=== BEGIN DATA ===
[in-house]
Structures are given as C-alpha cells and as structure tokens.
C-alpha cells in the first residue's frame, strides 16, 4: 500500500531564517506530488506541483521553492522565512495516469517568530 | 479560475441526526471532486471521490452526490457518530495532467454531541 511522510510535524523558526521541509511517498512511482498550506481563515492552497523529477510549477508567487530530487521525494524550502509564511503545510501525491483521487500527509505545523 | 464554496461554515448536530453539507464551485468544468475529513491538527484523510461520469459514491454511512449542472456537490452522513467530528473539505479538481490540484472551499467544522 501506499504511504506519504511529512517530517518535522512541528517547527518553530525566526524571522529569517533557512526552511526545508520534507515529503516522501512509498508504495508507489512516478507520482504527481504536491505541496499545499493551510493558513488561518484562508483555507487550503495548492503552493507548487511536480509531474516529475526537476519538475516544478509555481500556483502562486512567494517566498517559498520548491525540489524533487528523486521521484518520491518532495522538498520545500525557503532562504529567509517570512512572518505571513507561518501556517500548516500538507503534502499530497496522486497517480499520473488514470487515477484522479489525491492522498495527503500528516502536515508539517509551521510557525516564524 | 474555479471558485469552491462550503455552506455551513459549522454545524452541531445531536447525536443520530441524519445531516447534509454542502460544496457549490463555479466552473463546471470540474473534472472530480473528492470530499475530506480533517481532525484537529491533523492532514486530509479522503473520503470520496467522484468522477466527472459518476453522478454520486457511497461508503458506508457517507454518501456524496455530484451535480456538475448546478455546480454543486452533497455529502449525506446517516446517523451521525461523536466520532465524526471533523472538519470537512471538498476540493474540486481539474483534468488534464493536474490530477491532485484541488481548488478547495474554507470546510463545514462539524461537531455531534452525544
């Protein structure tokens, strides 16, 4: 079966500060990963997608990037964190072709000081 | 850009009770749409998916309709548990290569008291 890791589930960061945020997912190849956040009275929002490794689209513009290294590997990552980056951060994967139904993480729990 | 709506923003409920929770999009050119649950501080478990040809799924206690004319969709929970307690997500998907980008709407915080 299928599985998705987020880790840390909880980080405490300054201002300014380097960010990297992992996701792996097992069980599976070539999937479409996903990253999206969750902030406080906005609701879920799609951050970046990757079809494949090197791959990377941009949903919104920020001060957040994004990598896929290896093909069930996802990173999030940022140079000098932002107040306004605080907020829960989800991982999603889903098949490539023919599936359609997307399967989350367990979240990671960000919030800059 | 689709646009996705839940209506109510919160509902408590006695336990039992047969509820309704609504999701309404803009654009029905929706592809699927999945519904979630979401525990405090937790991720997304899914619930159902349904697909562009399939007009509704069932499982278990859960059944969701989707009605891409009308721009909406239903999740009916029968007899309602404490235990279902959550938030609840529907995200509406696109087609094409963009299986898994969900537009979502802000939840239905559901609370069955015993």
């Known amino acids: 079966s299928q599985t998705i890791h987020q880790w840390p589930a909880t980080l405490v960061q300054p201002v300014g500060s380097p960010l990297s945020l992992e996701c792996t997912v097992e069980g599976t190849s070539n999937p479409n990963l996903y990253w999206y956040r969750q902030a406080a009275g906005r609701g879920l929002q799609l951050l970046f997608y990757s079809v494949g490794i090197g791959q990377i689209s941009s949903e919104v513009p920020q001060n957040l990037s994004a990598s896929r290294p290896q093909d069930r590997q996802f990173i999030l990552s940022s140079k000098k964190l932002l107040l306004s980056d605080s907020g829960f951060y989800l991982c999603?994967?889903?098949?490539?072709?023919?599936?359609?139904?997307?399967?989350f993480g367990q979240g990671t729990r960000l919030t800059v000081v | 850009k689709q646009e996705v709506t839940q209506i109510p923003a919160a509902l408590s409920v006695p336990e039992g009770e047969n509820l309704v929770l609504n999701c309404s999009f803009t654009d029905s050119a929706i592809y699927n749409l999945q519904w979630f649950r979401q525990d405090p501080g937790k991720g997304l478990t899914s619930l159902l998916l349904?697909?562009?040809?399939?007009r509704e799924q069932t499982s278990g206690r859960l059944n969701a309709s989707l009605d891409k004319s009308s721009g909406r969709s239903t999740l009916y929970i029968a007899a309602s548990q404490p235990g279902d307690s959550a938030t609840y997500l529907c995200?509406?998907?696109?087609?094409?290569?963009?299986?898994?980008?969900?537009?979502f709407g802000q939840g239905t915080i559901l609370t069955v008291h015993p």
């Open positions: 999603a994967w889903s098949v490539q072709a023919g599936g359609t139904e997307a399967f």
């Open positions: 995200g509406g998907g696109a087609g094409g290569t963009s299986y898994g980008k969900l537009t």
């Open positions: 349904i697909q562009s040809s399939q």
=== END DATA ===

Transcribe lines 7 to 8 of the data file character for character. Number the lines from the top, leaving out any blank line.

């Open positions: 995200g509406g998907g696109a087609g094409g290569t963009s299986y898994g980008k969900l537009t």
């Open positions: 349904i697909q562009s040809s399939q």